World News

Colorado saw fewer human-bear conflicts in 2023

DENVER — Colorado Parks and Wildlife reported Monday a decrease in human-bear conflicts in the state last year.

The agency said the drop in sightings and conflicts is likely due to good natural food production compared to previous years.

CPW said the agency received 3,526 reports of sightings and conflicts with the state’s estimated 17,000 to 20,000 bears in 2023, which is a 21% drop from the average number of reports received in 2019 – 2023.

“Of the 3,526 reports CPW received in 2023, 1,795 resulted in property damage to a shed, garage, home, vehicle, fence, etc. Around 92 percent of property damage reported from bears is linked to an attractant of some kind, with over 51 percent linked to trash, 20 percent to livestock, chickens and beehives, and 19 percent to bird seed, pet food, barbeque grills, coolers and refrigerators,” the agency wrote in a news release.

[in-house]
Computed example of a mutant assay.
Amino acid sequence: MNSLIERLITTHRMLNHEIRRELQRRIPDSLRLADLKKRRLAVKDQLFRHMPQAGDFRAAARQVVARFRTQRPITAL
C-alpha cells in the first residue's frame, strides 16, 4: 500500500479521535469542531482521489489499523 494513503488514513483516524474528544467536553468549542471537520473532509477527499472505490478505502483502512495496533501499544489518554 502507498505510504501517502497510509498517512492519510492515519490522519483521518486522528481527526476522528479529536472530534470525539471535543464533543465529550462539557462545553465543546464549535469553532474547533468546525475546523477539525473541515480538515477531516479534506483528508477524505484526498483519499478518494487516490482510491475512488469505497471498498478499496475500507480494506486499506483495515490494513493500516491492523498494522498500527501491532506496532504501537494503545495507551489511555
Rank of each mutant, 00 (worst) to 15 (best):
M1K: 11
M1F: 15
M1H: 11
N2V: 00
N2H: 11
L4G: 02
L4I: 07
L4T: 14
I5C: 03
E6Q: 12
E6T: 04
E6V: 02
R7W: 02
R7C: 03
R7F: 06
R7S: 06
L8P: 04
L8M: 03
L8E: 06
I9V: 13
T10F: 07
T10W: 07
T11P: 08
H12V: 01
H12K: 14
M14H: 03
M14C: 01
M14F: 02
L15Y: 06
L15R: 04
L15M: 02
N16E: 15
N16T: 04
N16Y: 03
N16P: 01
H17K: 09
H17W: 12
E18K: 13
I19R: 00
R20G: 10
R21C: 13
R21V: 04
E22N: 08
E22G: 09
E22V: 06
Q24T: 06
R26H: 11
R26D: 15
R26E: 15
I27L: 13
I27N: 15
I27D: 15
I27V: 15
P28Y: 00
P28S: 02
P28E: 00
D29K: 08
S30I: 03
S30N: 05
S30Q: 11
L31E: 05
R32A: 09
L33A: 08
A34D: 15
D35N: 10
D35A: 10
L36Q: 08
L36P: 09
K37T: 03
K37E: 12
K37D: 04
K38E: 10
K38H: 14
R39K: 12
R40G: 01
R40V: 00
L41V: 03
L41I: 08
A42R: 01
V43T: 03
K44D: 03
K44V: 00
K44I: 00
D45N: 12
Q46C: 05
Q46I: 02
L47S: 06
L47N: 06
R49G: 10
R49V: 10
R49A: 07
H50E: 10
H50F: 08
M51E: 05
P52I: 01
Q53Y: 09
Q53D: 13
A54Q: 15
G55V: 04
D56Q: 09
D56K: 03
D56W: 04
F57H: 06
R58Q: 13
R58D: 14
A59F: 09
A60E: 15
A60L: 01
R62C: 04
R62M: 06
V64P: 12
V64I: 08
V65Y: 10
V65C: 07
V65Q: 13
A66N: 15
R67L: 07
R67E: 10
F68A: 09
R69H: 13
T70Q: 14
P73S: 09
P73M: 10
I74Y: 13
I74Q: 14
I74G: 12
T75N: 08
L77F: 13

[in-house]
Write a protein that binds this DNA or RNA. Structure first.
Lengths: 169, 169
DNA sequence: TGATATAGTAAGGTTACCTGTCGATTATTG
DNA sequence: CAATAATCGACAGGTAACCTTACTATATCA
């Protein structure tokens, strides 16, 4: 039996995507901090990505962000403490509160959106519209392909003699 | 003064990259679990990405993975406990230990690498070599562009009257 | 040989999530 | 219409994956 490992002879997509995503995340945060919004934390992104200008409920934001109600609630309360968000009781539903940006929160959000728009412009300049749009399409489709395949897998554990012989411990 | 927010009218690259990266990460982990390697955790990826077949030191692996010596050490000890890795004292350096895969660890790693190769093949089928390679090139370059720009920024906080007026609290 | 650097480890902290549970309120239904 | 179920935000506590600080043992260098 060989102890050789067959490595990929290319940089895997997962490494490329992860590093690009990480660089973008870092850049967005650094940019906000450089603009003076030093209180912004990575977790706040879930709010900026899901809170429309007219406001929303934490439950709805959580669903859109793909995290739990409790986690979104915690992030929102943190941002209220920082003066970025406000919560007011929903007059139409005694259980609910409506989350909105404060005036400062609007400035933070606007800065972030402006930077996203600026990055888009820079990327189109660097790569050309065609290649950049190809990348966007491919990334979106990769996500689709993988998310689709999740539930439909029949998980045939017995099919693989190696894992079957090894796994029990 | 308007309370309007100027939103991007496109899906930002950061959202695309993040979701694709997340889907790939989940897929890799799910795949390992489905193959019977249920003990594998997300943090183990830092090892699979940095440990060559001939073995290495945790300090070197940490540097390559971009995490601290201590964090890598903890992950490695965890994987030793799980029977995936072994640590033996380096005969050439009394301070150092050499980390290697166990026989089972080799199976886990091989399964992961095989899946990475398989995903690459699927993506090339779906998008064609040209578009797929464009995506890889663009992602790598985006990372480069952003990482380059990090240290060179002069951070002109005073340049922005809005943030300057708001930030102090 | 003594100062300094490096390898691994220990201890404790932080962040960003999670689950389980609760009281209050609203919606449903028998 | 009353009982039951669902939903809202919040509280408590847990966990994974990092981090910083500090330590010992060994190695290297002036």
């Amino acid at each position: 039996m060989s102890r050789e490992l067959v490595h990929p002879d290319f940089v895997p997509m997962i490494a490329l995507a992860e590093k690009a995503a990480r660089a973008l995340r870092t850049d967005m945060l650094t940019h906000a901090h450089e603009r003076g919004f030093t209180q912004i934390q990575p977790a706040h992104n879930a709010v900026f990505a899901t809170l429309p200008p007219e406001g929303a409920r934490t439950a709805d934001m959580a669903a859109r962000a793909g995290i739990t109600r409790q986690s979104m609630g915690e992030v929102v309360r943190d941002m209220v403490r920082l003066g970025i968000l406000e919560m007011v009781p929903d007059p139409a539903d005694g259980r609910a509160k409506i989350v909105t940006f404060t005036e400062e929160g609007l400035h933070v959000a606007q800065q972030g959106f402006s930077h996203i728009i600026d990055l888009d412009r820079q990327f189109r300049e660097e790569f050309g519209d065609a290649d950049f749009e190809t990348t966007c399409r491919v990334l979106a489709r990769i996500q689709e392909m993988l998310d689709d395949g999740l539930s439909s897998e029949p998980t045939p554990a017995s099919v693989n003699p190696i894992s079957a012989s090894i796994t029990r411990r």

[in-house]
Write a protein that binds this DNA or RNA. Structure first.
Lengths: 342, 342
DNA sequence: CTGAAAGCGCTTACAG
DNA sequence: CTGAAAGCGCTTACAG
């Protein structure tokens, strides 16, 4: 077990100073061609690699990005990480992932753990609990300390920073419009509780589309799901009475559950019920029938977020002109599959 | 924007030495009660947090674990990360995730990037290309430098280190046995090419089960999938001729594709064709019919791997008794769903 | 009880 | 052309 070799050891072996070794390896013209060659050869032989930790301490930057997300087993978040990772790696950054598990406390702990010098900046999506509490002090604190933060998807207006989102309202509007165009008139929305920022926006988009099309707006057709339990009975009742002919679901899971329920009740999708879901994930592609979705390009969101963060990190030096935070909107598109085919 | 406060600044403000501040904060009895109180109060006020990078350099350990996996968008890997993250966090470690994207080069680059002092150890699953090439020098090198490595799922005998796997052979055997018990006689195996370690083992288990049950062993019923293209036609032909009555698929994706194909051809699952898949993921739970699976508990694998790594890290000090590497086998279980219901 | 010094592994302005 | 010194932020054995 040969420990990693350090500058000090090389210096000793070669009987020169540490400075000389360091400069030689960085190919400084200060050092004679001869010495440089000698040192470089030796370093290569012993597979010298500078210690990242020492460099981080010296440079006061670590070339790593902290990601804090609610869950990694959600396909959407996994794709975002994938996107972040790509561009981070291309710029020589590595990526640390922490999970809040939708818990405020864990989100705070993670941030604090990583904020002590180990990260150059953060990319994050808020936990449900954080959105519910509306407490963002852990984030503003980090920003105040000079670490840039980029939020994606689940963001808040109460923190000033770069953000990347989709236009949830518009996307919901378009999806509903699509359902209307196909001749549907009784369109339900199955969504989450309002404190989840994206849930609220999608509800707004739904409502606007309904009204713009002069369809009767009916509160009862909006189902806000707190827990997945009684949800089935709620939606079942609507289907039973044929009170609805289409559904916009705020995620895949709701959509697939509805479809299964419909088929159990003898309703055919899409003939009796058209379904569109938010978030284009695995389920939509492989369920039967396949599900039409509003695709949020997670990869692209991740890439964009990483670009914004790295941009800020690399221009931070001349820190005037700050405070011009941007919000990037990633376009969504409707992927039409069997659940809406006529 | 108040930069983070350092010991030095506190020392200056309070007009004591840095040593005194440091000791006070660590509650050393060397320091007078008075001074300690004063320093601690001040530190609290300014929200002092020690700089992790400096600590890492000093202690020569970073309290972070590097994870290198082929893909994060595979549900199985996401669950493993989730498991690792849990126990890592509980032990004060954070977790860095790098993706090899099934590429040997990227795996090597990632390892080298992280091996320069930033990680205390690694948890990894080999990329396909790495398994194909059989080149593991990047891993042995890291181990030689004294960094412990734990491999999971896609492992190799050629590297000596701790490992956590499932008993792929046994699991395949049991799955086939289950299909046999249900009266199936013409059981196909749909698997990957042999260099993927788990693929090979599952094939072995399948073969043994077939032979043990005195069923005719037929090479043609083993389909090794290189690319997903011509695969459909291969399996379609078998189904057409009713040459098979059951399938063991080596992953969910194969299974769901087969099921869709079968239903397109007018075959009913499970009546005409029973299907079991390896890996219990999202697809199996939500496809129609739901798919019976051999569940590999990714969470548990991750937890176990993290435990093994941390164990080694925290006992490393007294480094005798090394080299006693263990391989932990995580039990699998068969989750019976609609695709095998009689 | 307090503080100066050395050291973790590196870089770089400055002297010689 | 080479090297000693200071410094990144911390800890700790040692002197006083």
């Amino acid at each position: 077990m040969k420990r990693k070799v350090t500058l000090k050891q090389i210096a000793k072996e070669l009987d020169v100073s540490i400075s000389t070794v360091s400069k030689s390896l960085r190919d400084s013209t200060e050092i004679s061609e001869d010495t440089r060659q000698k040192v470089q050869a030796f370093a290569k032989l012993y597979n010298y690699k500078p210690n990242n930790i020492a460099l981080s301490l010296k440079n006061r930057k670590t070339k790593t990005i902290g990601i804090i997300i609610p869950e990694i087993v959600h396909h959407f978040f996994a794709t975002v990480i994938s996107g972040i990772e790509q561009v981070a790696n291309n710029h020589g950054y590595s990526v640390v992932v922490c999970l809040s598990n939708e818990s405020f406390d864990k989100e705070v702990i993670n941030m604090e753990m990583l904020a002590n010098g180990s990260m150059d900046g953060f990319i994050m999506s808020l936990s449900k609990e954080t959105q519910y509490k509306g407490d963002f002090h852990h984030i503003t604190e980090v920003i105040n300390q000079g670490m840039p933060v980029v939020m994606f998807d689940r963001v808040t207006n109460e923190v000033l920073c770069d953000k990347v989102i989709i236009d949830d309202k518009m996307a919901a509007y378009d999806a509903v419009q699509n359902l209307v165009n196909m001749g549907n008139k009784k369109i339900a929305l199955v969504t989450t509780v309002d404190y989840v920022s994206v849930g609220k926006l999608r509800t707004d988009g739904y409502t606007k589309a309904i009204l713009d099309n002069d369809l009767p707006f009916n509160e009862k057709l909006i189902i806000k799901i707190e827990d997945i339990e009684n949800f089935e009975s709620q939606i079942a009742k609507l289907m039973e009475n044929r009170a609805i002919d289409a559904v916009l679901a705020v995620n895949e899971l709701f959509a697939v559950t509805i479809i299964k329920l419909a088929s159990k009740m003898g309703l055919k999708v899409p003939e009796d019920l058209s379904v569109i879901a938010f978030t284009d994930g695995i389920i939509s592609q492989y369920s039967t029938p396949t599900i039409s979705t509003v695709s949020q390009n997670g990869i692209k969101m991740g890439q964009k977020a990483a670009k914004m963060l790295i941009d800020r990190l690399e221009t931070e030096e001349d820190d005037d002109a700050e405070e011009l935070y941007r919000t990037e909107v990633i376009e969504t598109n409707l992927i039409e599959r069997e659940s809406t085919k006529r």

The wildlife agency’s northwest region, which is home to state’s largest bear population, received 1,228 reports in 2023, a 35% reduction from the previous year.

Despite good natural forage in the area, an unreasonable number of bears were reported entering homes, CPW said.

The wildlife agency said most of the reports involve bears trying to access human food sources and they are urging residents to remove attractants to reduce conflicts.

Below is the number of reports and bears euthanized and relocated by CPW annually since 2020:

  • 2023: 3,526 reports, 33 relocated, 63 euthanized
  • 2022: 4,147 reports, 59 relocated, 94 euthanized
  • 2021: 3,598 reports, 51 relocated, 66 euthanized
  • 2020*: 4,806 reports, 118 relocated, 158 euthanized

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